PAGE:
BEIJING — Here are some initial reactions to President Xi Jinping’s speech on Sunday opening the 20th congress of China’s ruling Communist Party, a week-long event where he is widely expected to win a third leadership term and cement his place as the country’s most powerful ruler since Mao Zedong.
JOHN DELURY, PROFESSOR OF CHINESE STUDIES, YONSEI UNIVERSITY GRADUATE SCHOOL OF INTERNATIONAL STUDIES, SEOUL
“While Xi’s tone was unapologetic, the speech came across as less expansive than five years ago (and thankfully much shorter). Instead of confidently entering his guaranteed second term, Xi at this Congress is entering uncharted waters of a paramount rule with no set time limit.
“Given the economic and social strain caused by sticking to an increasingly unpopular COVID zero policy, Xi’s speech might sound defensive to many Chinese citizens, insisting that the Party has their best interests in mind. The central concept of the speech seemed to be ‘security’, a word Xi used in myriad ways to justify not only his approach to foreign policy, but also the economy and public health.
“Mao Zedong promised to make people revolutionaries. Deng Xiaoping promised to make them rich. Xi is promising to keep them safe.”
ALFRED WU, ASSOCIATE PROFESSOR, LEE KUAN YEW SCHOOL OF PUBLIC POLICY, NATIONAL UNIVERSITY OF SINGAPORE
“It is obvious that security is Xi’s greatest concern. His narrative is – China faces many dangers, the country is in a war-like state, figuratively, and he is the savior. With this narrative, he can get people to unite around him.
“In the past, Chinese leaders based their legitimacy on their ability to provide economic growth. Now with the economy slowing, Xi tries to shift the basis of legitimacy from economic growth to security – that he can be the one who saves and protects China.”
ZHIWU CHEN, PROFESSOR OF FINANCE, UNIVERSITY OF HONG KONG
“One significant change is to de-emphasize economic development and economic reform.
“From the 14th to the 19th Party Congress, economic development was, each time, explicitly stated as the central mission for the Party, whereas this time there is no such mention; instead, the emphasis is on ‘complete’ and ‘all-rounded’ development. That is, it is not just economic development but also political, social, environmental, and cultural development that the Party will devote efforts to.”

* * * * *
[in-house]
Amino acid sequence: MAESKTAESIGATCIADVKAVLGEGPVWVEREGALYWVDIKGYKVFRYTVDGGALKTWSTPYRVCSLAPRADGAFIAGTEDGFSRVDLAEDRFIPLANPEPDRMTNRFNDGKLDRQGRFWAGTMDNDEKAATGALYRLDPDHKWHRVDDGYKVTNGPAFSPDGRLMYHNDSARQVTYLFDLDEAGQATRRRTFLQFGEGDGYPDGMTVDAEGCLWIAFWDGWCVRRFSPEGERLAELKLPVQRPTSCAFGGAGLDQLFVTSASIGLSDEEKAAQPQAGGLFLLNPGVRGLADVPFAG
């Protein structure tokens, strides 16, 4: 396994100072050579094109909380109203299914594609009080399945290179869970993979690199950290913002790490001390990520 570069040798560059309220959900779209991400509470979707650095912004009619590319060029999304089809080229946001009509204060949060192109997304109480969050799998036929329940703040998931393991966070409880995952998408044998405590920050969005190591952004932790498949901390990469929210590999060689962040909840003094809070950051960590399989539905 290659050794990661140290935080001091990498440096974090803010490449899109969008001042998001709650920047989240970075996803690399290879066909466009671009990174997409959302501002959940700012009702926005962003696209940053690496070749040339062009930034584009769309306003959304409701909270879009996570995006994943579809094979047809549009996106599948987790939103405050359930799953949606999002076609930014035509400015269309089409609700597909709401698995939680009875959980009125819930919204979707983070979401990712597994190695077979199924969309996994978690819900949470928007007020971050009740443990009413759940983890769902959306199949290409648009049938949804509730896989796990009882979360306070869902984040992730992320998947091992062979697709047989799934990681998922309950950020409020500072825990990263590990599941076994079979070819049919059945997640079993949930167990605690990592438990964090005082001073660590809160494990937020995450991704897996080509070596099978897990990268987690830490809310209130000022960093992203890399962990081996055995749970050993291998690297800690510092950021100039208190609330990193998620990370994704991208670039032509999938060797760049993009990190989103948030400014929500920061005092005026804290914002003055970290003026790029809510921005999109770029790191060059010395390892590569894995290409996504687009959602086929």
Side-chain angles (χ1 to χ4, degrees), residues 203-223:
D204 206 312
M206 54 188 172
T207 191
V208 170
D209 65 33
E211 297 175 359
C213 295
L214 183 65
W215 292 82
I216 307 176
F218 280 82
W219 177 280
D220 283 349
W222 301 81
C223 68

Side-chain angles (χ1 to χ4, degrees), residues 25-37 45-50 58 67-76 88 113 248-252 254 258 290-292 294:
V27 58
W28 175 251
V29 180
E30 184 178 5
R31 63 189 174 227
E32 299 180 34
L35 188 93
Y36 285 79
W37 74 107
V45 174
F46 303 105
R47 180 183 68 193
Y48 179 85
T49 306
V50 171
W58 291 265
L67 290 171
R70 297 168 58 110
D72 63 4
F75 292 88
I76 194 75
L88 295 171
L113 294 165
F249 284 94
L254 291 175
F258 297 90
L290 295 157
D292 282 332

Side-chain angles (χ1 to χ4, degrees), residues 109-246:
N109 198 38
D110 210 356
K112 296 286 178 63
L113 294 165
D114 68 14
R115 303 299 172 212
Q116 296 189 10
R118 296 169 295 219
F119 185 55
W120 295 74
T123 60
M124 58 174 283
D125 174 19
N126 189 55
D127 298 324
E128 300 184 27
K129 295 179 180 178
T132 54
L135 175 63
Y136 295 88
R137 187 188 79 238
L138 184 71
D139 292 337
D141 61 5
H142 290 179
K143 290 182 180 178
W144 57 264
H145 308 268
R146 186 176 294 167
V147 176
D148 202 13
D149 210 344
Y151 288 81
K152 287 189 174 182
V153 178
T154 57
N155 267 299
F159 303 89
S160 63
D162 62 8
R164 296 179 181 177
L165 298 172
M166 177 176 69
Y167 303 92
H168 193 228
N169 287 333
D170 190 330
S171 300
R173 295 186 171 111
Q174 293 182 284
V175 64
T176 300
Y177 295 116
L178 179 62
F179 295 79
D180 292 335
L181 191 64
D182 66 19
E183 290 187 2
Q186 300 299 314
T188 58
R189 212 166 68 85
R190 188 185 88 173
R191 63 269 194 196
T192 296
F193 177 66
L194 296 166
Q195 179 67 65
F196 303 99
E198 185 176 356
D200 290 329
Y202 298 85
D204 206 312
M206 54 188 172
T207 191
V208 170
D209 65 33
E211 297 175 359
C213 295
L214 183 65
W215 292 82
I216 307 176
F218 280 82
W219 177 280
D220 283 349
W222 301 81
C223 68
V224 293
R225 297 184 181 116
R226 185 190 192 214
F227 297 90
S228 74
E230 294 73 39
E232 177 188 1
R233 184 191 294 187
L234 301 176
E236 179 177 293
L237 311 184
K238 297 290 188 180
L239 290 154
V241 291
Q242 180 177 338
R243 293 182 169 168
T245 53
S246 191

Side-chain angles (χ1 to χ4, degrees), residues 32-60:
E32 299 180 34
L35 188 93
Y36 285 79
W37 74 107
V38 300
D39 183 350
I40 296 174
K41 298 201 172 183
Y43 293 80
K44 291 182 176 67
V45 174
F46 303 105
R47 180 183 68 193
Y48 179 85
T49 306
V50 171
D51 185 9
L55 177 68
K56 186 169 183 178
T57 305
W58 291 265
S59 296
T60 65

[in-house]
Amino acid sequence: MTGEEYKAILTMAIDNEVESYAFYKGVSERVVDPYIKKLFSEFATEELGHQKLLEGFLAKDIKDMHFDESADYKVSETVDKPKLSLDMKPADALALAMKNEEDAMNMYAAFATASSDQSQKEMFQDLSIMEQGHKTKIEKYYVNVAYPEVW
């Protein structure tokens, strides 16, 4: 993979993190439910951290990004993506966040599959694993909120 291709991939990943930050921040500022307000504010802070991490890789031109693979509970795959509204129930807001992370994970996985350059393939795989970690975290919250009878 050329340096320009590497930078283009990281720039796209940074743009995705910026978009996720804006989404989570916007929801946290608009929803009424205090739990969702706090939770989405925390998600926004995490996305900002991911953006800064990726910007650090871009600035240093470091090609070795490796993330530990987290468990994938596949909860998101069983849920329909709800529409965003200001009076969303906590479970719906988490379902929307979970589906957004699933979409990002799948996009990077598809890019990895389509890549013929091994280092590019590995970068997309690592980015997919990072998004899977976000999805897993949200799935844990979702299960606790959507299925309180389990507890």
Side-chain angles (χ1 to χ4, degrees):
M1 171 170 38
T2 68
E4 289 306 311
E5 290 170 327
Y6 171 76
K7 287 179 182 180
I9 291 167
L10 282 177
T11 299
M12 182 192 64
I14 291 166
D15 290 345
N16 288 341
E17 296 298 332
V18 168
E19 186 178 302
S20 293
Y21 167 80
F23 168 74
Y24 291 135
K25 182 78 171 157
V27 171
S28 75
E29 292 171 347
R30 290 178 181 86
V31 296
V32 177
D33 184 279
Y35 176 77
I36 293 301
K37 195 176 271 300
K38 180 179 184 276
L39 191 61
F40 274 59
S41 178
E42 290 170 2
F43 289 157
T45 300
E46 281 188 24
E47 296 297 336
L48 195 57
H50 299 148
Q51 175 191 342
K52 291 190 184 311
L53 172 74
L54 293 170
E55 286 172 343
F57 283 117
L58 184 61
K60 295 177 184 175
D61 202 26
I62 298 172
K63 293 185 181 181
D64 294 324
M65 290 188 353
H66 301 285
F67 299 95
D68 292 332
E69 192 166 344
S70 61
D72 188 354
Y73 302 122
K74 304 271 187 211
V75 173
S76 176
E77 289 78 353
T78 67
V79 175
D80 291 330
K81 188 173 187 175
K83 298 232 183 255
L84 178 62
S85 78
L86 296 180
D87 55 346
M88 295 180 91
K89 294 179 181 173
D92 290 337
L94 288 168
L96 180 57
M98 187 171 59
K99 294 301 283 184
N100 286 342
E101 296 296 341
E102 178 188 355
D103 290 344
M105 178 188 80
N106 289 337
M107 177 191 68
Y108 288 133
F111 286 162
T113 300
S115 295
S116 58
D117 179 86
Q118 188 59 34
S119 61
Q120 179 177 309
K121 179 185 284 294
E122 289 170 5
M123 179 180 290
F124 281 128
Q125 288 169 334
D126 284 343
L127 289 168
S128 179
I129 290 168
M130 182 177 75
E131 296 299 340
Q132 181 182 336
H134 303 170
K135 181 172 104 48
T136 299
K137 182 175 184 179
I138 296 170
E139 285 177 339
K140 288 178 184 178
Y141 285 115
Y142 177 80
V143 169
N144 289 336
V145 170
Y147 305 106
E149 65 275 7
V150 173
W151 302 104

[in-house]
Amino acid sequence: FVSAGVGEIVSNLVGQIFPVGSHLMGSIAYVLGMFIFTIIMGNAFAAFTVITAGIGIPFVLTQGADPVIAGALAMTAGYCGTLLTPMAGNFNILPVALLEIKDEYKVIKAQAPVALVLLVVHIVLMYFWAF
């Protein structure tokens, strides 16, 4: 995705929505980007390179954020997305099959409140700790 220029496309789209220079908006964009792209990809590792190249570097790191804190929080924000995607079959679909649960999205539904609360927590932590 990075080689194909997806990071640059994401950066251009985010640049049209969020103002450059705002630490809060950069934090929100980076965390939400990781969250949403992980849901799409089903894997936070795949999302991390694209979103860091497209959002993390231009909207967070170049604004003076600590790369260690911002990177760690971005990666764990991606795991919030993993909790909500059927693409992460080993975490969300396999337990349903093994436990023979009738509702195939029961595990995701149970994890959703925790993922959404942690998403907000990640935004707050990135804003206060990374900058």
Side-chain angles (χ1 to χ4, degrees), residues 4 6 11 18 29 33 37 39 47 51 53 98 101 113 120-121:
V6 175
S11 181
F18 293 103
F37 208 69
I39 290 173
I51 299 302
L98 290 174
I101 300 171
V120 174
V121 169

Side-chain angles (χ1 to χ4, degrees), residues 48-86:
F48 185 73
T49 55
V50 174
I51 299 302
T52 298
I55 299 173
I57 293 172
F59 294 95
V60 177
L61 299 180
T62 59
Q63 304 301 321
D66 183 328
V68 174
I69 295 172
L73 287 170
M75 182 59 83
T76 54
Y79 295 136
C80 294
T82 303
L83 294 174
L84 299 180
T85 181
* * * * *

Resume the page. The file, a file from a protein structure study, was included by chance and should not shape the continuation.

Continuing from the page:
BATES GILL, PROFESSOR, DEPARTMENT OF SECURITY STUDIES AND CRIMINOLOGY, MACQUARIE UNIVERSITY, SYDNEY
“This speech said ‘continuity’ and full speed ahead. Seemed to be very little indication of adjustment to policy, even though the domestic economy and international relationships face increasing headwinds.
“But this was not intended as a policy speech. This was about lauding past accomplishments, exuding confidence in the Party and its chosen path, and exhorting its membership to press forward even harder. It was about extolling the Party and, by definition, his leadership, as he breaks recent precedent and looks to stay in power indefinitely.”
CHARLES PARTON, FELLOW, COUNCIL OF GEOSTRATEGY, LONDON
“This year’s report is shorter and is very general, with no specifics in terms of policy. That would come later … Innovation and education have always been at the top of Xi Jinping’s mind, but the emphasis seems to be even greater in this report. Particularly in light of the United States’ measures to limit science and technology cooperation with China, it has become a lot more important for China to produce its own science and technology.”
SCOTT KENNEDY, SENIOR ADVISER AND TRUSTEE CHAIR IN CHINESE BUSINESS AND ECONOMICS, CENTER FOR STRATEGIC AND INTERNATIONAL STUDIES, WASHINGTON
“Xi gave an unapologetic defense of the Chinese Communist Party’s current approach to everything, domestic and international … The most significant theme was his emphasis on developing a unique ‘Chinese style’ to many elements of public affairs, from modernization to diplomacy to socialism.
“Xi wants the CCP, China and the international system to go in a very different direction than that laid out by the United States and the West over the last century.”
JA IAN CHONG, ASSOCIATE PROFESSOR OF POLITICAL SCIENCE, NATIONAL UNIVERSITY OF SINGAPORE
“I think the fact that nothing really new stood out is also remarkable in the sense that it fits with this idea that while there is this unstable and dangerous world outside that Xi talks about, he wants to portray China and his leadership as one that is stable.
“I did notice the uptake in the discussion of security, which is not surprising because on several fronts, China has much more to be concerned about today than five years ago.
“First, the competition with the U.S. has got more intense, then there is the uncertainty surrounding the war in Ukraine and Xi’s support for Putin. The world today looks more contentious than the world five years ago, with COVID, too, there are issues with supply chains that dovetail with U.S. efforts to limit Chinese access to technology so on the security side China has a lot more to worry about today than five years ago.” (Reporting by Martin Quin Pollard, Eduardo Baptista, Kevin Yao and Yew Lun Tian in Beijing, Ben Blanchard in Taipei, Xie Yu in Hong Kong; Editing by Tom Hogue)